CCTV footage shows Nazma Ditta’s siblings trying to bundle Sarah into a car
London, Jan. 25: When Nazma Ditta, a Pakistani woman in the Lancashire town of Blackburn, began a lesbian love affair with an Englishwoman, Sarah Harrison, she managed to keep the relationship secret for two-and-a-half years.
But then Nazma’s family found out and adopted an uncompromising line: “A Pakistani woman cannot be a lesbian.”
The consequences for the lovers were devastating.
Nazma’s brother and no fewer than five of her sisters hatched a revenge plan, firstly, by buying their erring sibling a “one way ticket to Pakistan”, and, secondly, by kidnapping Sarah and giving her the thrashing of her life or possibly even worse. “Get her in, get her,” they were heard screaming, as an attempt was made in broad daylight on June 20 last year to bundle Sarah into a car. But despite having her hair pulled and being badly mauled and though she was scared she would have acid thrown in her face, Sarah somehow managed to avoid being pushed into the waiting car.
Unfortunately for the attackers, their every action was recorded on CCTV as they punched Sarah in the face and arms. They snatched away her handbag but Sarah clung to a side of the car. Finally, her attackers fled the scene in their car but without their quarry. One Asian man rang 999 and alerted the police, while another supplied the registration number of the Dittas’ vehicle — points emphasised later.
And yesterday, at Preston Crown Court, her attackers were given an introduction to liberal British culture — lesbian and gay love is allowed — along with prison sentences, ranging between three to six years.
The children’s mother, Rani Ditta, 55, thought to be the one who instigated her children to save the family’s honour, narrowly escaped being sent to prison herself when the prosecution decided not to offer any evidence against her.
For Nazma and Sarah, 28 and 35 respectively, the story has ended happily. They were given the all clear yesterday to get on with their lives together. What the case illustrates is that although British society has learnt to accept gay and lesbian relationships, the message appears not to have got through to sections of the UK’s south Asian population.
The judge, Graham Knowles QC, noted that the Ditta family still believed they had done the right thing: “I am afraid I do not find you to be remorseful in any significant sense. I am not persuaded that you accept that you really did wrong.”
The full story unfolded in court where at the end of the trial where all the defendants had pleaded guilty (otherwise the sentences would have been even heavier), three of the sisters — Nighat Morris, 38, (thought to be married to an Englishman), Atfah Ditta, 32, and Ghazala Ditta, 31 — were all jailed for five years and four months.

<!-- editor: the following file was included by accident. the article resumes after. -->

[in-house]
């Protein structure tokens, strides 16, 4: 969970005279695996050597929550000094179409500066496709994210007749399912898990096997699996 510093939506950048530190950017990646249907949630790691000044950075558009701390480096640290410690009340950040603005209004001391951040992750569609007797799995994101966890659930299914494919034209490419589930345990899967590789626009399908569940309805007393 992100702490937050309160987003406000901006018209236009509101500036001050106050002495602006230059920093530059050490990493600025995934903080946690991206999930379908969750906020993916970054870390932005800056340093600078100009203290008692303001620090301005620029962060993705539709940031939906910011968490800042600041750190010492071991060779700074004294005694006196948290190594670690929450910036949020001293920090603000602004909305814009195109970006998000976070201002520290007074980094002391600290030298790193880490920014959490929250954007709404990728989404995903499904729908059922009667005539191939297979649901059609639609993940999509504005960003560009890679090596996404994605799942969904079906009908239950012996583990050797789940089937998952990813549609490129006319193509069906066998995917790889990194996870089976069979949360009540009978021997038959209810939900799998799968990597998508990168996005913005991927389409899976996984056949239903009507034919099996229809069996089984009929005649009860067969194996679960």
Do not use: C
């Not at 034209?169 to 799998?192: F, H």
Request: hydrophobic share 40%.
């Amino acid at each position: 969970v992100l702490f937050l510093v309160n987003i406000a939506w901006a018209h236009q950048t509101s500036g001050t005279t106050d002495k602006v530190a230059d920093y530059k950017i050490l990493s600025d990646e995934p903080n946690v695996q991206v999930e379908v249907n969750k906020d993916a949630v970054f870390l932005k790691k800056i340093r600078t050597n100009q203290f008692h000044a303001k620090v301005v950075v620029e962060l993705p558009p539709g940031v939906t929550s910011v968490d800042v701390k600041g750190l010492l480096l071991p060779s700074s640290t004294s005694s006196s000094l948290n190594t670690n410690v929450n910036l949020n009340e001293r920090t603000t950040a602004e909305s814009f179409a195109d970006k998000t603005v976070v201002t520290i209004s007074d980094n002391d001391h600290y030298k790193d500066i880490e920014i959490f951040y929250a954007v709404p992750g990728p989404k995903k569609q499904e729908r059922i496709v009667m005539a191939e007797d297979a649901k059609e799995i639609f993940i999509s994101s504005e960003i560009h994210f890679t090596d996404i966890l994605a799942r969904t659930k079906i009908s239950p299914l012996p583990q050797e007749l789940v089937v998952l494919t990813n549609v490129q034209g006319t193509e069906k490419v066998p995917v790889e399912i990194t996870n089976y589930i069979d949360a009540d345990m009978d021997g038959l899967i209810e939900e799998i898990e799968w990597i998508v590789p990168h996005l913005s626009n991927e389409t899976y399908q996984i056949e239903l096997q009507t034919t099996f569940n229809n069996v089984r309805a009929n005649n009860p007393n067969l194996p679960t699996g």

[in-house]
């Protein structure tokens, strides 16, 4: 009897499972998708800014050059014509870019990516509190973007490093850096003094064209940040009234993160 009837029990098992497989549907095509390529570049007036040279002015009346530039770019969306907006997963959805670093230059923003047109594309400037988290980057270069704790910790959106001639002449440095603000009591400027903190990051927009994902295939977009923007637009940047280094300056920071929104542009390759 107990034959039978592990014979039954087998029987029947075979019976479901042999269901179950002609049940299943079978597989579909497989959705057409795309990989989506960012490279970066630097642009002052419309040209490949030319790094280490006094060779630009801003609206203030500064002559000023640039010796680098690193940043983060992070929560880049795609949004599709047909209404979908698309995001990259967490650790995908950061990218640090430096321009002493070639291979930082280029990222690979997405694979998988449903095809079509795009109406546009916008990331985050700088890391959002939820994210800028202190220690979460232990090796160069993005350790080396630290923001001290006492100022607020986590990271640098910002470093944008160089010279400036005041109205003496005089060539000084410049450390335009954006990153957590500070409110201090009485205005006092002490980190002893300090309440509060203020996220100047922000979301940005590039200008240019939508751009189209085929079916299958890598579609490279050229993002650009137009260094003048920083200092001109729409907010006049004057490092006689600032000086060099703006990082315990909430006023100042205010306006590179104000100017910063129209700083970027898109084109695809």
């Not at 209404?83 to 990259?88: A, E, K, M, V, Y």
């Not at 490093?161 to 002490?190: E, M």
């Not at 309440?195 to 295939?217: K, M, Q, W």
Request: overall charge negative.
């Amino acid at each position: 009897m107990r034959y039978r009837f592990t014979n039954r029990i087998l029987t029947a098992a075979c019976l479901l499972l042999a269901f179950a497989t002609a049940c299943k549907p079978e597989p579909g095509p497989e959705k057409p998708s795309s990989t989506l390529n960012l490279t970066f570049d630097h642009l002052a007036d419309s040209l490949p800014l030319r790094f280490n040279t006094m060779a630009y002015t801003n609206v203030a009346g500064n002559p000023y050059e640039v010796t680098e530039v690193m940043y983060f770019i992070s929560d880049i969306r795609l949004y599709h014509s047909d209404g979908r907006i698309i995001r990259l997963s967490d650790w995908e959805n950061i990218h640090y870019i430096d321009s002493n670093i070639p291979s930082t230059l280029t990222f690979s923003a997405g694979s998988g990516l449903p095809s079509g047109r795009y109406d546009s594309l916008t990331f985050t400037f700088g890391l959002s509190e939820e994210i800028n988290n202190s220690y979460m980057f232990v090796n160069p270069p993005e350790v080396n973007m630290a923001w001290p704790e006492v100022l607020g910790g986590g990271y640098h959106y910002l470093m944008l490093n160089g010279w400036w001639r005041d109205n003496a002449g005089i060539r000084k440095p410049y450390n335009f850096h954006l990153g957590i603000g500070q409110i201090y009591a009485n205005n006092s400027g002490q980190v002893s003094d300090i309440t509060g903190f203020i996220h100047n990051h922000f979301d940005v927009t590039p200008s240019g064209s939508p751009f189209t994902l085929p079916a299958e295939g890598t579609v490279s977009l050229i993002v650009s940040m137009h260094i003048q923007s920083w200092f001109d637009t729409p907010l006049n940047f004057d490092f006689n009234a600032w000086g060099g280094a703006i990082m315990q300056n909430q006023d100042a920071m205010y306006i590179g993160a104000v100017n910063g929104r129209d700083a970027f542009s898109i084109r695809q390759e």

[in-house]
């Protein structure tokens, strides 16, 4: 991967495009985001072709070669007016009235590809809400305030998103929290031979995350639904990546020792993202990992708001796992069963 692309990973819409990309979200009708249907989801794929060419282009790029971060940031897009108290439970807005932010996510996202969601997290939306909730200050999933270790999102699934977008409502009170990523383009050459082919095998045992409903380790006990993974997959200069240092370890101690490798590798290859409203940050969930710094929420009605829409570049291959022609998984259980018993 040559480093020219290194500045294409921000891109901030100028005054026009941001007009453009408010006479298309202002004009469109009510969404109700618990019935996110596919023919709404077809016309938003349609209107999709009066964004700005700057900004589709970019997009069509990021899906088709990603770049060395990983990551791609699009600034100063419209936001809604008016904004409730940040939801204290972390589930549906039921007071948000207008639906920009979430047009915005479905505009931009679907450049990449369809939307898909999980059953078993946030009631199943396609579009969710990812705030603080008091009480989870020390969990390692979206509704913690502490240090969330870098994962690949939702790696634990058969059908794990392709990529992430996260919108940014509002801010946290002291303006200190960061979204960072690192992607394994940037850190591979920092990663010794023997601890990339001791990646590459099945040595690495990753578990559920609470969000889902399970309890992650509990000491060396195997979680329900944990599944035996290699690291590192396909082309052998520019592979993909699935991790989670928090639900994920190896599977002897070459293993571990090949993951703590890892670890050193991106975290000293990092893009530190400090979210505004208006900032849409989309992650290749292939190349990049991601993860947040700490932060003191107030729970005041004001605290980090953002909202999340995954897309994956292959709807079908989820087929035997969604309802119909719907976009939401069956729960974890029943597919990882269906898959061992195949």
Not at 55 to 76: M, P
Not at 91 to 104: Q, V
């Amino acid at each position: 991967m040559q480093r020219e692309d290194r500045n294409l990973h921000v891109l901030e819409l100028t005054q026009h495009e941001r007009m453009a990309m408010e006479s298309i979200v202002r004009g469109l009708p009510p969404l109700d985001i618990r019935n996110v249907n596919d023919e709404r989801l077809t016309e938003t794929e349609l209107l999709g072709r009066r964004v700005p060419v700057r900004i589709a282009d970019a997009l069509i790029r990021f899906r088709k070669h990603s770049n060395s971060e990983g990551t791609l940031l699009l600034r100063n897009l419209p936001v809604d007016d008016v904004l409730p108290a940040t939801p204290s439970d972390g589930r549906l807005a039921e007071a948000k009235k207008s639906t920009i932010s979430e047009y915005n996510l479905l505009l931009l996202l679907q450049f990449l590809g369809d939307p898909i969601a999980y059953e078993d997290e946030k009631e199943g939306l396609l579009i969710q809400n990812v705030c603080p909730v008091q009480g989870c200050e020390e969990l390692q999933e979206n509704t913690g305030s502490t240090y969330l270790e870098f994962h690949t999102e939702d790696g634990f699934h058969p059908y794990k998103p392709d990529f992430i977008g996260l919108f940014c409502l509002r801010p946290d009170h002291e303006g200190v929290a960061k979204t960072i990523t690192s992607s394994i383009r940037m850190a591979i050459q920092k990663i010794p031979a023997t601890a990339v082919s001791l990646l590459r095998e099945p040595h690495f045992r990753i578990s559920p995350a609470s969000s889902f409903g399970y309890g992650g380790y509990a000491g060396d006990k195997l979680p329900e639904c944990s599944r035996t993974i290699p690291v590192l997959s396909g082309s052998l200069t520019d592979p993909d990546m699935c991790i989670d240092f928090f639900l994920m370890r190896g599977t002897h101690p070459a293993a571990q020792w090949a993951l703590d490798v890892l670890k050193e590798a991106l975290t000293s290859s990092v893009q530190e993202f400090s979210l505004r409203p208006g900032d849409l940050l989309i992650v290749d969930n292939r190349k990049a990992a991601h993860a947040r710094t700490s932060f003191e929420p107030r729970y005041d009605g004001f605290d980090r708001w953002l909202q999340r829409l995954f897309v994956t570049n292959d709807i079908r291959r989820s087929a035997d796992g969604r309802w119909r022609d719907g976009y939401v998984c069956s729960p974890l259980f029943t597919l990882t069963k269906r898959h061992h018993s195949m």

They had pleaded guilty to actual bodily harm, attempted kidnap and robbery.
Two other sisters, Nayyar Mehmood, 37, and Tosif Ditta, 35, got three-and-a-half years. They had pleaded guilty to conspiracy to commit actual bodily harm.
The baby of the family, Tahmoor Ditta, 26 — born after six sisters — admitted all the other charges plus possession of an offensive metal weapon and was sentenced to six years.
Passing sentence, the judge said: “This case is about power and control. It is about striking fear into the heart in order to control not just the body but also the will.”
The trial heard that in the days leading up to the attack, members of the Ditta family had confronted Sarah at her workplace and asked her about Nazma’s whereabouts. They also asked her work colleagues about where Sarah parked her car and waited at various locations for her to leave work.
Nazma had previously declined to have an arranged marriage and left home days before the attack to move in with Sarah, although she pretended to her family that she had gone to Manchester for a new job.
The judge said: “You all came to know about the relationship and were determined to end it and were determined to get her back in the family home to please your mother.”
He said a “carefully planned ambush” of Sarah Harrison was devised. “The intention was to cause your sister to leave her for good and if possible to find where you sister was. A brutal and sustained group attack took place. How she found the strength and skill to keep out of the car I do not know, but she found it.”
Each defendant was also subjected to a restraining order preventing contact with Nazma and Sarah.
“There must be a clear message that each of what you did and planned carefully to do cannot be tolerated,” the judge warned.
The judge read out a letter he had received without naming the author: “Even now in 2014 the Asian community stigmatises relationships and marriages which have not been arranged through the elders. A same-sex relationship is something that cannot be comprehended.”